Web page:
On certiorari to review judgment of Bailey, J., entered at the 16 October 1978 Session of Wake Superior Court.
Britt, Justice. Justice Brock did not participate in the consideration or decision of this case. Justice Huskins dissenting.
Plaintiff instituted this action seeking reimbursement from defendant of the sum of $9,581.25 which plaintiff had paid to Charles E. McDonald (McDonald) in settlement for personal injuries and property damage sustained by McDonald in a collision with an automobile insured by a policy of insurance issued by plaintiff to Mr. and Mrs. David Earl Williams. Plaintiff's allegations are summarized as follows:
On 30 January 1971 Mrs. Williams allowed her minor son David to use her 1965 Mustang automobile which was insured by the policy referred to above. David, in turn, gave defendant, who was then 16 years old, permission to use the car. While in lawful possession of the Williams car, defendant negligently operated the same and caused a collision with an automobile operated by McDonald. Defendant's negligence was the proximate cause of serious personal injuries and substantial property damage suffered by McDonald. Plaintiff thereafter notified defendant that it was reserving all rights and defenses under the provisions of the Williams policy, but, nonetheless, under its reservation of rights and at the request of defendant, proceeded in good faith to settle the McDonald claim against defendant for the sum of $9,581.25. As a result of this settlement, plaintiff obtained a release which forever discharged defendant from any further liability to McDonald. Defendant was in lawful possession of the insured automobile. Therefore, plaintiff was required by the terms of G.S. 20-279.21(b) to extend coverage to defendant. Plaintiff is entitled to reimbursement from defendant pursuant to the provisions of G.S. 20-279.21(h) and the policy.
In his answer, the defendant admitted that while he was in lawful possession of the insured vehicle, he was involved in an accident with McDonald, and that McDonald suffered personal injuries and property damage in the collision. He further alleged that plaintiff was obligated to extend protection to him. He denied that the collision was caused by his negligence and that he was liable to plaintiff in any amount.
Plaintiff's evidence pertinent to this appeal tended to show: that the collision occurred during daylight hours on North Boulevard in the City of Raleigh at or near the bridge which carries boulevard traffic over Peace Street; that it was raining at the time; that North Boulevard at that point had three lanes for southbound traffic and three lanes for northbound traffic; that McDonald was traveling south on the inside lane; that defendant was traveling north; that the Mustang defendant was driving left the northbound lanes, went across a concrete median eight inches high into the southbound lanes and hit McDonald's car head on; and that the tires on the Mustang were slick.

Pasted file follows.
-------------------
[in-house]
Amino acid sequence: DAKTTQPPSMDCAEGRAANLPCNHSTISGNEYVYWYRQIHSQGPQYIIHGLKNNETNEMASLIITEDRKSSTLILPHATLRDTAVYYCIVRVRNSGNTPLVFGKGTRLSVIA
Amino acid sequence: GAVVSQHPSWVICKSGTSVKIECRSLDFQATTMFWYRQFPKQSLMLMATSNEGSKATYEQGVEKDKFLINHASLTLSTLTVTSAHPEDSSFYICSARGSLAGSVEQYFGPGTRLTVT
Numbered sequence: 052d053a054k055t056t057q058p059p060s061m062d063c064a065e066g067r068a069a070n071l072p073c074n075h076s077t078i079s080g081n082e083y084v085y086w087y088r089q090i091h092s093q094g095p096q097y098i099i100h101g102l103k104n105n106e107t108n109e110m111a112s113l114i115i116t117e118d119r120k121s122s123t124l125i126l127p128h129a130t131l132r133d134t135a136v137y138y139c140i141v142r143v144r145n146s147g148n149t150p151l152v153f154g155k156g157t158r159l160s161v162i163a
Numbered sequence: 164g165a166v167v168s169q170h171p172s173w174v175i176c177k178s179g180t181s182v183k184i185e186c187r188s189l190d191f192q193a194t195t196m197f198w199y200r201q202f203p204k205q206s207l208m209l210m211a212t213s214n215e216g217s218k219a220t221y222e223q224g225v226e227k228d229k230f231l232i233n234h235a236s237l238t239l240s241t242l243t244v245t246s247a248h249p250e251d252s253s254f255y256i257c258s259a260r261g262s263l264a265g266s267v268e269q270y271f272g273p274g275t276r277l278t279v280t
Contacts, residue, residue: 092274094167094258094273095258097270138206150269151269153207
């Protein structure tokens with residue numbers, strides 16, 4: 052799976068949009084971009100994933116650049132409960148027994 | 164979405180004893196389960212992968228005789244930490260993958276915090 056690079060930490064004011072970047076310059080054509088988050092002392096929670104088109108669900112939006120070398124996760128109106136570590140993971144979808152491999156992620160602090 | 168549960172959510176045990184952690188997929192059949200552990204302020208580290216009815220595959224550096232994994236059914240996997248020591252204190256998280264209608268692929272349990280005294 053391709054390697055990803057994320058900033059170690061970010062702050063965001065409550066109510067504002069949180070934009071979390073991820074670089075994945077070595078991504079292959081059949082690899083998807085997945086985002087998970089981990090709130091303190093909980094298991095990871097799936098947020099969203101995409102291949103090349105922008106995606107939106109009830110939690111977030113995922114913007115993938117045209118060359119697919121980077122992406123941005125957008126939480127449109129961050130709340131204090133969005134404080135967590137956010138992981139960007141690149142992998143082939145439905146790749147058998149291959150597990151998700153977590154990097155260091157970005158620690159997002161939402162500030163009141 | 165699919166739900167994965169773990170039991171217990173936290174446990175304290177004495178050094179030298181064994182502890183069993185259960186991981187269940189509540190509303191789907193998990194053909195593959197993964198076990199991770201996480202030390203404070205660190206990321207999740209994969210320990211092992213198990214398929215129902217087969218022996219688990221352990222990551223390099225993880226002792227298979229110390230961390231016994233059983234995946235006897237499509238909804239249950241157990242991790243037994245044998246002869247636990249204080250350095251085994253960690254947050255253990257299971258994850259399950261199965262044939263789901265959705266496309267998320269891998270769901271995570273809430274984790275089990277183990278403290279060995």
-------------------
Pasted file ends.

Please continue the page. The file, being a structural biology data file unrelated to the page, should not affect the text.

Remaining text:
Evidence favorable to defendant tended to show: Shortly before the collision, he drove onto the parking lot of a small shopping
center located on the east side of North Boulevard and a short distance south of Peace Street. It was raining. Before reentering the boulevard, defendant came to a complete stop at the north entrance of the shopping center parking lot. He then drove onto the boulevard, proceeding north. As he entered the bridge at about 25 m.p.h., the car went out of control into a spin, crossed the median into the southbound lane and collided with the McDonald car. A new coat of asphalt had been recently applied on the bridge. At the time defendant entered the bridge, it was covered with water. The speed limit at said point was 45 m.p.h.
Prior to trial defendant stipulated that on the date in question, while driving the Mustang north on Downtown Boulevard during a rainstorm, he left the northbound lane, crossed over into the southbound lanes and collided with McDonald's car which was traveling south.
For further elaboration on the evidence and the contentions of the parties, see the opinions of this court and the Court of Appeals cited above. While numerous questions were addressed in the prior appeals, the questions pertinent to this appeal are very limited and only they are discussed here.
In the first two assignments of error brought forward and discussed in its brief, plaintiff contends the trial court erred (1) in refusing to strike the opinion testimony of defendant relative to the speed of the automobile he was driving, and (2) in denying plaintiff's motion for directed verdict on the issues. We find no merit in ...